In today’s talking points: China’s top banks welcome new chiefs; China tightens up requirements for overseas investments; Jingyi group looking to Australia; Sydney on track to become Asia-Pacific’s fintech hub.
China tightens up requirements for overseas investments
The Ministry of Finance has new guidelines to tighten up scrutiny of overseas SOE investments, demanding SOEs to set up proper decision-making systems to carry out reliable financial decisions. SOEs are also required to send in on-site inspection and auditors to weight losses and risks in overseas projects. The goal is to strengthen the management of SOEs’ overseas projects, increasing investment efficiency, and to defeat the problem of low investment returns. Xu Baoli said the change will make “great significance” as the country is taking action on the Belt and Road Initiative that will involve a great deal of SOE investments with high economic risks.
Read more at: ChinaDaily
Jingyi Group, a Chinese private equity firm, is looking to make its first entry into Australia by buying electronics group TTA and its sole office building, in a deal being brokered by Melbourne TST Partners. If the deal is successful, the TTA office building, which also doubles as the company’s warehouse, would become a $3.2 million passive investment for Jingyi Group and would be the most significant asset in the transaction.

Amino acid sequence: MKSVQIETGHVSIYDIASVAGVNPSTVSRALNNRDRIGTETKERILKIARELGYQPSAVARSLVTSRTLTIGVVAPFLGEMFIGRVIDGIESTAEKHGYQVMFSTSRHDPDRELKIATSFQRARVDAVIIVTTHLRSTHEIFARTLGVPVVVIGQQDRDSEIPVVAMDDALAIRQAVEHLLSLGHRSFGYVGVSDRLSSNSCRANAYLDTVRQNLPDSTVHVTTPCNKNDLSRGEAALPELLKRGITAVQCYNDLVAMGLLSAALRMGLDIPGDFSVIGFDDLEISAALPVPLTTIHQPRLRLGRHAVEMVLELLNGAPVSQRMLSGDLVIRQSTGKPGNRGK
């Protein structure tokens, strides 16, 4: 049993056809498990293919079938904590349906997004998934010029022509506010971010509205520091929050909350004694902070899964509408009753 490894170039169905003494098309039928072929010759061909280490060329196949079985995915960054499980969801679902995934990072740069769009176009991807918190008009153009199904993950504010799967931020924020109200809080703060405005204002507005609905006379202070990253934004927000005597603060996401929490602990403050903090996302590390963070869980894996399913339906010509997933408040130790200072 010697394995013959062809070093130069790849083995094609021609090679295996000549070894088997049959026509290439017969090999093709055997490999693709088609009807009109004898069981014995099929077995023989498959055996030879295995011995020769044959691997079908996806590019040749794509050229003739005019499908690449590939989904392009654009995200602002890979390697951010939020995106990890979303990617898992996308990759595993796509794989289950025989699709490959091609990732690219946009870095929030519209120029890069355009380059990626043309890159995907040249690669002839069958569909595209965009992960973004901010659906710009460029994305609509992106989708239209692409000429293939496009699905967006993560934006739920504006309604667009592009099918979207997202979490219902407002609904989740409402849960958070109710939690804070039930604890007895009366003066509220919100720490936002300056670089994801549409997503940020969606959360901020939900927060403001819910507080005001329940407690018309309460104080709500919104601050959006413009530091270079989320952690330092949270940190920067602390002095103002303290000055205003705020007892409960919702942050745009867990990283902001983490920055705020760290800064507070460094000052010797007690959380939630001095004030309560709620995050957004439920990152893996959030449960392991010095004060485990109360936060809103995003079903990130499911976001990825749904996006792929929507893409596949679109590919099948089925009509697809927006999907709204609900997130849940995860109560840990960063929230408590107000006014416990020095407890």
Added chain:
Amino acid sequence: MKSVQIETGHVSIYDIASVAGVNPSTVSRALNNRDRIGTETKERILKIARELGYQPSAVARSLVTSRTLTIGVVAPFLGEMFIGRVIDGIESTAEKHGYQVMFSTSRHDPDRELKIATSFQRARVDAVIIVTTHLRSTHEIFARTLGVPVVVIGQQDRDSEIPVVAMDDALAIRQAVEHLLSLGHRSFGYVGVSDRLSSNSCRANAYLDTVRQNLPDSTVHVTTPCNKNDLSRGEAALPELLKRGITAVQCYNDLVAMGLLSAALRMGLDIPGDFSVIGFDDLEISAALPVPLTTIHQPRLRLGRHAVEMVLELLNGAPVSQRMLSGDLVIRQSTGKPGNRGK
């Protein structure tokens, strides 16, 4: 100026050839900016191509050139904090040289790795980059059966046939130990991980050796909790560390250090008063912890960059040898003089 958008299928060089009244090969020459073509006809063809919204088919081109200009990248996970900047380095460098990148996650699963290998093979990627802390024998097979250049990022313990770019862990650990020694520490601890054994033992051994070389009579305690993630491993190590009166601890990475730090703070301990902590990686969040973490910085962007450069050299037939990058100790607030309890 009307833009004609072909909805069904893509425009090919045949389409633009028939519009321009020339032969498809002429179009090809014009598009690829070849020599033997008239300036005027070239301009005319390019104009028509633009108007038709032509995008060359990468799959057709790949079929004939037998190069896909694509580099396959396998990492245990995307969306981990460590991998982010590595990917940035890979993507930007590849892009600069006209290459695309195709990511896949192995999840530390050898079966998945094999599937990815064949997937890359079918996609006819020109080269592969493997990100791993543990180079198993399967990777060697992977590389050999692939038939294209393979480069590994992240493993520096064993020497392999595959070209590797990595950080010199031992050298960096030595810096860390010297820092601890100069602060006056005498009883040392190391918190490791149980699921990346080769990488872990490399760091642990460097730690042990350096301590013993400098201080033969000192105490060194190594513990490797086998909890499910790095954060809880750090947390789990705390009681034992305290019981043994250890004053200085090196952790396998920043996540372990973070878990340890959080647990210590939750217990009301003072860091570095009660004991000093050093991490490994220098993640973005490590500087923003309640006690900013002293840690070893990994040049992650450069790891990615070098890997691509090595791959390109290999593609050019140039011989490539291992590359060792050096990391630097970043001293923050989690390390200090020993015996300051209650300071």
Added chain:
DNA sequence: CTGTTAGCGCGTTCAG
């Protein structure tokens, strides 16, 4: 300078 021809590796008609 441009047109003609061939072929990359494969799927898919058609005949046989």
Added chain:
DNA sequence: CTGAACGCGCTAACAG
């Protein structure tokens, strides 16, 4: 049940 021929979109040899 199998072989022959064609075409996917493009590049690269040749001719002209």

Jingyi has plans to establish a funds management division in Australia, spanning property development, equities, fixed income securities and mortgage backed securities. The company also holds a licence to introduce WeChat Wallet – an app-based payment system used extensively across China – to Australia.
Read more at: The Australian Financial Review
Sydney on track to become Asia-Pacific’s fintech hub
Sydney is on track to become Asia-Pacific’s primary fintech hub, according to a recent report released by KPMG. In fact, Sydney’s growth in the sector is now outpacing the established hubs of Hong Kong and Singapore; compared to 2014 there are now roughly an additional 500 financial services companies operating out of the city. This rapid expansion has been bolstered by strong investment, even despite a global decline in investment in the industry.
Although the outlook for Sydney’s fintech industry looks bright, more can be done to encourage innovation and promote greater growth, particularly in regards to regulatory changes. The industry should also work hard to target Australian consumer’s demands, which include the need for fast and easy access to finance and payment services for home buying and mortgages.